Google PixelBook Serving As Testbed For Revolutionary Fuchsia OS

At this point in the game, it is hard to imagine Google moving on from Android, which dominates the mobile market in terms of overall market share. Yet Google has been working on a brand new operating system called Fuschia, the existence of which was first discovered in a codebase post on GitHub in August 2016. Now nearly a year and a half later, Google is testing the OS on a PixelBook.

Though Google has not publicly announced anything related to Fuschia, the OS's open source status makes it somewhat easy to track its development. Furthermore, Fuschia's developer Travis Geiselbrecht previously said that this "isn't a toy thing, it's not a 20 percent project. it's not a dumping ground of a dead thing that we don't care about anymore." Translation? This is something that Google is very much serious about developing.

Google's mysterious Fuschia OS can now run on the PixelBook.

Fuchsia's documentation notes that it has "good support for a few different hardware platforms." Listed among them are the Acer Switch Alpha 12 and Intel NUC, and now Google's PixelBook.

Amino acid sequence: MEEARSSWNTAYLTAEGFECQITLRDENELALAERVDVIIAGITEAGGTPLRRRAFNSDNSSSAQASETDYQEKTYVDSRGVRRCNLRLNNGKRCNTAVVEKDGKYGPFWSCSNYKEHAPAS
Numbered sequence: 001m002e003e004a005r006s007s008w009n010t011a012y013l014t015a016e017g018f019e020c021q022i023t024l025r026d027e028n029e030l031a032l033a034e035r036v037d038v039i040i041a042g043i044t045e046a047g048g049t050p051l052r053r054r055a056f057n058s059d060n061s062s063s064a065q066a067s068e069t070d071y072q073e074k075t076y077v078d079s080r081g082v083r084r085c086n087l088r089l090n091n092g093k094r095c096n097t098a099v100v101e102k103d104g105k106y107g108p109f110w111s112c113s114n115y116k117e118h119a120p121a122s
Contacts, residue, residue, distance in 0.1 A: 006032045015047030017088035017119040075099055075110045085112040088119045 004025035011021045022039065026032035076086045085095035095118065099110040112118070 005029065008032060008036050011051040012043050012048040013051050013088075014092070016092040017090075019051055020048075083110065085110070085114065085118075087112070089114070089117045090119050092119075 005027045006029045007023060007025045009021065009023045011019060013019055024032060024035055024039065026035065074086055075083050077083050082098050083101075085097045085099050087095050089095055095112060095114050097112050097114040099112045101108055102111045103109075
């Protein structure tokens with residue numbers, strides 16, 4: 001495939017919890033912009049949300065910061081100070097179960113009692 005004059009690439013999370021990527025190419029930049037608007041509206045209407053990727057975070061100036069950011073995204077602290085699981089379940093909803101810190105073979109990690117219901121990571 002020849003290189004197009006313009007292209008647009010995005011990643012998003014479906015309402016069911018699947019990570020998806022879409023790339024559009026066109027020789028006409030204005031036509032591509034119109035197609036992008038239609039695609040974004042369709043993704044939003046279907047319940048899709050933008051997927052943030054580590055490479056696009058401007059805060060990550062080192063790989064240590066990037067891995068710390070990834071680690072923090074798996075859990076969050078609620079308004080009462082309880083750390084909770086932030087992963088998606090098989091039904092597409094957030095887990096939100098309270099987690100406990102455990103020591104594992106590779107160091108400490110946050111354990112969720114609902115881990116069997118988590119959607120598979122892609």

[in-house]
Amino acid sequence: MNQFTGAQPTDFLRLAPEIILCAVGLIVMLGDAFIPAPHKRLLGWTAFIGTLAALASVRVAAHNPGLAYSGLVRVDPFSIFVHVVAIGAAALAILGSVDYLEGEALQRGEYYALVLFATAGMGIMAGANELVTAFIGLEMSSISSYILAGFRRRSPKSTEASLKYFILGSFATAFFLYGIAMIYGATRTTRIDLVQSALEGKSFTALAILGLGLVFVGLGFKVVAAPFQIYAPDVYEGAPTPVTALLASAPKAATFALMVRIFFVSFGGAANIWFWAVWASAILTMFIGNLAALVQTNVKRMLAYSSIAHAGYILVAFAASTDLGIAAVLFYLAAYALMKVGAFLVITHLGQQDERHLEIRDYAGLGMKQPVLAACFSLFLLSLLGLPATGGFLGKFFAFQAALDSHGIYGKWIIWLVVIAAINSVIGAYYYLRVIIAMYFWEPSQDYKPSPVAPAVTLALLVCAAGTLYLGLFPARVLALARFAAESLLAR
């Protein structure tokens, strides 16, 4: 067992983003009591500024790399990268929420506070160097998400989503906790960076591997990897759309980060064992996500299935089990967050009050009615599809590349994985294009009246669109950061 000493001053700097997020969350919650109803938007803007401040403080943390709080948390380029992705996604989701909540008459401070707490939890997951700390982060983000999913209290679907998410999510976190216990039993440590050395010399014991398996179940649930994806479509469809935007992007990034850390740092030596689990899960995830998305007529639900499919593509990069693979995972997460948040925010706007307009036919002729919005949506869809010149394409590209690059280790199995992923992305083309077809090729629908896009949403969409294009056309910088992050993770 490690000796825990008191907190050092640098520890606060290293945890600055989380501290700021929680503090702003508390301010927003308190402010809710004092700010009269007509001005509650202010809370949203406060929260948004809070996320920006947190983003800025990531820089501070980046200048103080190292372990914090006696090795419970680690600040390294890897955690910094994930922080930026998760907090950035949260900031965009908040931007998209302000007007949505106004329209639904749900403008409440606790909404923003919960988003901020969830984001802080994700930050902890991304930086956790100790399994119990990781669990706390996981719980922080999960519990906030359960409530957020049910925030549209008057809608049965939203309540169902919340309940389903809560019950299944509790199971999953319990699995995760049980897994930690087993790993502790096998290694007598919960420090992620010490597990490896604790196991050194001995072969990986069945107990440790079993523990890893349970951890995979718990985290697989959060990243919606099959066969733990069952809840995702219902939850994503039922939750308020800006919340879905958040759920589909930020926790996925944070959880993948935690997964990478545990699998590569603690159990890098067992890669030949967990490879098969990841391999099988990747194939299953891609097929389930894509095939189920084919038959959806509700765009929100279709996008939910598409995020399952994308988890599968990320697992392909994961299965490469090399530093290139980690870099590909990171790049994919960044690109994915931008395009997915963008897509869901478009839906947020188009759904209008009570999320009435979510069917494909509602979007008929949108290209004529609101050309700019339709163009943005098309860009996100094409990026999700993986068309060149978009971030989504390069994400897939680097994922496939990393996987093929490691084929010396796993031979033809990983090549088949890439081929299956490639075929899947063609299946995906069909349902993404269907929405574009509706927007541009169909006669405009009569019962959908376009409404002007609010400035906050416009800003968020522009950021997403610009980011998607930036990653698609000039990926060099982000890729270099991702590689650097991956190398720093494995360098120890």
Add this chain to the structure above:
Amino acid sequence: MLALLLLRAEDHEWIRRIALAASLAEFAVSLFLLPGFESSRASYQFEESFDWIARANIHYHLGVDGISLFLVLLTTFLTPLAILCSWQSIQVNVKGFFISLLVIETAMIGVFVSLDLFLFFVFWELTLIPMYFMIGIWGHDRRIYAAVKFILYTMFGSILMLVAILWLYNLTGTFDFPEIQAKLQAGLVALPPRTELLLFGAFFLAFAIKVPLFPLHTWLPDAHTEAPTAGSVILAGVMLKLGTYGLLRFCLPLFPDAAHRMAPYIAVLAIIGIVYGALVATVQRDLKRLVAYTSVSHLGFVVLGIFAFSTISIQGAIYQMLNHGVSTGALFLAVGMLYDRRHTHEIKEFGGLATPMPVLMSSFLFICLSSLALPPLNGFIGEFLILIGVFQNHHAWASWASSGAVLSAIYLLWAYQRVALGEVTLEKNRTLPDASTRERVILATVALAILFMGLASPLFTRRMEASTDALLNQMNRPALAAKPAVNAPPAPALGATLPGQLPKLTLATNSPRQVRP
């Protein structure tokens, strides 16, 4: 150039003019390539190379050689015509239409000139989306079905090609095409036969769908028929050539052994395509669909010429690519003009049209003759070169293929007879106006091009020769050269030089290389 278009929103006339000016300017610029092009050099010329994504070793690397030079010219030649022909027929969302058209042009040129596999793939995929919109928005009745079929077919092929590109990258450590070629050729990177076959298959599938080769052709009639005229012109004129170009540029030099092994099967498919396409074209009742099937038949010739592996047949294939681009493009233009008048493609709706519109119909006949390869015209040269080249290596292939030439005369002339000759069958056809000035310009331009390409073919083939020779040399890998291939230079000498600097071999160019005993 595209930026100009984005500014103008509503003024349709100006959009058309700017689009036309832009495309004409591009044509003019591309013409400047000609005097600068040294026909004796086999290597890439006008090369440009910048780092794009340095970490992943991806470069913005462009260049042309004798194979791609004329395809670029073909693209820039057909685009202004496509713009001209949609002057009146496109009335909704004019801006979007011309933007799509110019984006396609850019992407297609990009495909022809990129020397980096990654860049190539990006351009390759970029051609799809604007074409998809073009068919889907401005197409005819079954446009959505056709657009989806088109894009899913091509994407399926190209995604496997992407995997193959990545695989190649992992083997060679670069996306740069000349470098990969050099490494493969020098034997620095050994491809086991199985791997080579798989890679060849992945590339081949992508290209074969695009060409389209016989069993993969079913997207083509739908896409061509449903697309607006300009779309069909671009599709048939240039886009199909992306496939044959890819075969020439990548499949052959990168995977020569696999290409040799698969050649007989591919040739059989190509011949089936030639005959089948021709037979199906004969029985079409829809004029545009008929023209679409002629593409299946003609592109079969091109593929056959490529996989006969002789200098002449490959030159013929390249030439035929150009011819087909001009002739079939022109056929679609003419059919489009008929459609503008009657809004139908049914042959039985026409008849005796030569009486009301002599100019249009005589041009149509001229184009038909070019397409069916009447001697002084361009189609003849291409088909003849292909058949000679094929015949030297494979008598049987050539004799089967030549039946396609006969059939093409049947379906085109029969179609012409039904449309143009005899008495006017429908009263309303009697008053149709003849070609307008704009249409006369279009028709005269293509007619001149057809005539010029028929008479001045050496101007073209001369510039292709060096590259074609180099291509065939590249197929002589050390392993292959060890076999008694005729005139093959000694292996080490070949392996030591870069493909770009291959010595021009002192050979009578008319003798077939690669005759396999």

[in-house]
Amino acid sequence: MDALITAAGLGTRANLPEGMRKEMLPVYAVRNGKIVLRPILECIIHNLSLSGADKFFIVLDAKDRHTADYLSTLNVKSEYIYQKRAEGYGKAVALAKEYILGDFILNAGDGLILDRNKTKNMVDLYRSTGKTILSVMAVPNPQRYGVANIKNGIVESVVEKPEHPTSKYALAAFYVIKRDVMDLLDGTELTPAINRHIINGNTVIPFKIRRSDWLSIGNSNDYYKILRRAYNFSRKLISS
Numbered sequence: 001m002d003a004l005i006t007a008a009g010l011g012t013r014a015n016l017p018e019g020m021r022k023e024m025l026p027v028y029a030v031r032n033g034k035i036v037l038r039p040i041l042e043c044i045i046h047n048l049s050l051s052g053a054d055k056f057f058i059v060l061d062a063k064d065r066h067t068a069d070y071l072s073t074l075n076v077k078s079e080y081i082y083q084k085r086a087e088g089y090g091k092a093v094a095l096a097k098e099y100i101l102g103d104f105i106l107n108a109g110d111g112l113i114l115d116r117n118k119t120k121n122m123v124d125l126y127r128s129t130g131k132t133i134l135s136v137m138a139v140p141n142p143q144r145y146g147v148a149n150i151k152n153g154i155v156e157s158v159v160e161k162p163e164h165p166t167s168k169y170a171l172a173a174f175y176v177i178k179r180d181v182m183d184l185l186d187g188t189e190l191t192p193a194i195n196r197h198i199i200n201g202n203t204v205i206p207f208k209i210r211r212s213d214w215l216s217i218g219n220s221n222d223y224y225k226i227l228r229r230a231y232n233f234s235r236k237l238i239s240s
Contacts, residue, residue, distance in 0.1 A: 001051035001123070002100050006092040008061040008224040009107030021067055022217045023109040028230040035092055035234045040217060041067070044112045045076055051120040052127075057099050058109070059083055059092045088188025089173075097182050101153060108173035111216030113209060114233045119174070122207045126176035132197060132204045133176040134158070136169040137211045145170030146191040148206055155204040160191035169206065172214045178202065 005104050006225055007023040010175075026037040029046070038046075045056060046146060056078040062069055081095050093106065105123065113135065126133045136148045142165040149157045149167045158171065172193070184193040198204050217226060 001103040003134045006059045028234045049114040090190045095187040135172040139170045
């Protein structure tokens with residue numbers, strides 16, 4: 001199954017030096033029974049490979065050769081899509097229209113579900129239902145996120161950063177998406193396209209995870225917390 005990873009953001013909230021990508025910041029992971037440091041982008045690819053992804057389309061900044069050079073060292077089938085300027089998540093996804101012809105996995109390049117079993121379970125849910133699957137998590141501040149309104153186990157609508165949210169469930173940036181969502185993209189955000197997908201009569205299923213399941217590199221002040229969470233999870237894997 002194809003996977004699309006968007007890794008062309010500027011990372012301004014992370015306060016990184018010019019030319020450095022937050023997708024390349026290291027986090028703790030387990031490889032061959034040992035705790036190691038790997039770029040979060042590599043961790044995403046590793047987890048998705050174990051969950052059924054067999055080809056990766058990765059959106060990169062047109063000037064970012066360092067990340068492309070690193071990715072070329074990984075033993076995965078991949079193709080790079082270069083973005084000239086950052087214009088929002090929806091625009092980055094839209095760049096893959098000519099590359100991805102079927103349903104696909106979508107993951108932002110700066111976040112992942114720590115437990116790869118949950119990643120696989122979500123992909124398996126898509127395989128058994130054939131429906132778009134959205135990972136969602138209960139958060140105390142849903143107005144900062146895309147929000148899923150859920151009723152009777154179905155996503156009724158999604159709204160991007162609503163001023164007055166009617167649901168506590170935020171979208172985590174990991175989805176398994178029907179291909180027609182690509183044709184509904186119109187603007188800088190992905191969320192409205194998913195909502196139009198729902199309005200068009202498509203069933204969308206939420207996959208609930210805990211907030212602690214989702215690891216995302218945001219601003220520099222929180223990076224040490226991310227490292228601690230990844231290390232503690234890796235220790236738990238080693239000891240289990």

"The install process is not currently compatible with ARM-based targets. The Fuchsia install process, called 'paving', requires two machines, the machine on which you want to run Fuchsia ("target") and the machine on which you build Fuchsia ("host"). Host and target must be able to communicate over a local area network. On your host system you will build Fuchsia, create a piece of install media, and stream a large portion of the system over the network to the target," the documentation states.

Adding the PixelBook to the list of supported devices is interesting, though it doesn't necessarily mean Fuschia is intended as a complete replacement to Chrome OS. It's just as likely that Google wants to see how it works on a higher-end device, especially since Google seems to be developing Fuschia from the ground-up for more modern hardware. It's just too early to tell, though you can bet we will be keeping an eye on the OS's progress.